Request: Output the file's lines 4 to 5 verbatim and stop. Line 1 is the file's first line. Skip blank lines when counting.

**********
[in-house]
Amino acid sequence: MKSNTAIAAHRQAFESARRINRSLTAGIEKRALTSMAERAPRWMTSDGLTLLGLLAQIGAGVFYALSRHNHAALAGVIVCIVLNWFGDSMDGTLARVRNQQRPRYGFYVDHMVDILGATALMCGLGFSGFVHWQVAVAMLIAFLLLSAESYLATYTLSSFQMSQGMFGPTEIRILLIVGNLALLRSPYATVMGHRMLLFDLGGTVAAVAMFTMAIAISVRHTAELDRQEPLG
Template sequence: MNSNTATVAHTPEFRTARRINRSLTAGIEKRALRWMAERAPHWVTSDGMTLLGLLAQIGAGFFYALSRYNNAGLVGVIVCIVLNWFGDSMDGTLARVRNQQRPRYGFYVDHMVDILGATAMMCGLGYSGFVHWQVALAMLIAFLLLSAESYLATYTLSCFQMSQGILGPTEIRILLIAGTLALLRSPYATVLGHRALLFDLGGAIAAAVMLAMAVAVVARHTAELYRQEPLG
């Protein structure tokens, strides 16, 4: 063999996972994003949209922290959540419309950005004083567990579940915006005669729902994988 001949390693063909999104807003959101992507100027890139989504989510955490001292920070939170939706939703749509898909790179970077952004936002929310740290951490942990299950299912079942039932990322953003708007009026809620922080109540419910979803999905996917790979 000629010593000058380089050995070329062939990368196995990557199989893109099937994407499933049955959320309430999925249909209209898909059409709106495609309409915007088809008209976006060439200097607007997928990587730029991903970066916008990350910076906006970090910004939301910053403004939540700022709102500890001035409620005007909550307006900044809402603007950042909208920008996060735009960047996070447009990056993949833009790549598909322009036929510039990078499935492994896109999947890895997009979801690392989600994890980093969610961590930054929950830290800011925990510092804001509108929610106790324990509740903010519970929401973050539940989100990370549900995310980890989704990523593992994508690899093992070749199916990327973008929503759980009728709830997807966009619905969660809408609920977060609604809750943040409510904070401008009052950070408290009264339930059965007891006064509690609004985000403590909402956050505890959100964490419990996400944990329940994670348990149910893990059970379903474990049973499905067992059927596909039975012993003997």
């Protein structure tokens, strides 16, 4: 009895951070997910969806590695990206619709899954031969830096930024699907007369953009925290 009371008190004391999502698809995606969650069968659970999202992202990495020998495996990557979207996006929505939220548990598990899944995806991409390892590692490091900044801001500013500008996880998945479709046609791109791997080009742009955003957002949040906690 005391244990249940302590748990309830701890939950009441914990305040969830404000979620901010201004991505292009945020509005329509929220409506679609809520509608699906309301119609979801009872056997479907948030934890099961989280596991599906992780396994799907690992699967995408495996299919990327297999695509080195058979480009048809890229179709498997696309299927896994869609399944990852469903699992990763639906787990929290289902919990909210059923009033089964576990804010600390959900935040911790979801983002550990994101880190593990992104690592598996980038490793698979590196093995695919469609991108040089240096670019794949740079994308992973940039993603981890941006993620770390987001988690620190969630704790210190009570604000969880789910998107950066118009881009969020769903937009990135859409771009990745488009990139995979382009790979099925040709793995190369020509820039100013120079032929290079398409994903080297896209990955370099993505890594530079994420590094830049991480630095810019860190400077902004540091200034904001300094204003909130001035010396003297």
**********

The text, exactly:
């Protein structure tokens, strides 16, 4: 063999996972994003949209922290959540419309950005004083567990579940915006005669729902994988 001949390693063909999104807003959101992507100027890139989504989510955490001292920070939170939706939703749509898909790179970077952004936002929310740290951490942990299950299912079942039932990322953003708007009026809620922080109540419910979803999905996917790979 000629010593000058380089050995070329062939990368196995990557199989893109099937994407499933049955959320309430999925249909209209898909059409709106495609309409915007088809008209976006060439200097607007997928990587730029991903970066916008990350910076906006970090910004939301910053403004939540700022709102500890001035409620005007909550307006900044809402603007950042909208920008996060735009960047996070447009990056993949833009790549598909322009036929510039990078499935492994896109999947890895997009979801690392989600994890980093969610961590930054929950830290800011925990510092804001509108929610106790324990509740903010519970929401973050539940989100990370549900995310980890989704990523593992994508690899093992070749199916990327973008929503759980009728709830997807966009619905969660809408609920977060609604809750943040409510904070401008009052950070408290009264339930059965007891006064509690609004985000403590909402956050505890959100964490419990996400944990329940994670348990149910893990059970379903474990049973499905067992059927596909039975012993003997």
């Protein structure tokens, strides 16, 4: 009895951070997910969806590695990206619709899954031969830096930024699907007369953009925290 009371008190004391999502698809995606969650069968659970999202992202990495020998495996990557979207996006929505939220548990598990899944995806991409390892590692490091900044801001500013500008996880998945479709046609791109791997080009742009955003957002949040906690 005391244990249940302590748990309830701890939950009441914990305040969830404000979620901010201004991505292009945020509005329509929220409506679609809520509608699906309301119609979801009872056997479907948030934890099961989280596991599906992780396994799907690992699967995408495996299919990327297999695509080195058979480009048809890229179709498997696309299927896994869609399944990852469903699992990763639906787990929290289902919990909210059923009033089964576990804010600390959900935040911790979801983002550990994101880190593990992104690592598996980038490793698979590196093995695919469609991108040089240096670019794949740079994308992973940039993603981890941006993620770390987001988690620190969630704790210190009570604000969880789910998107950066118009881009969020769903937009990135859409771009990745488009990139995979382009790979099925040709793995190369020509820039100013120079032929290079398409994903080297896209990955370099993505890594530079994420590094830049991480630095810019860190400077902004540091200034904001300094204003909130001035010396003297």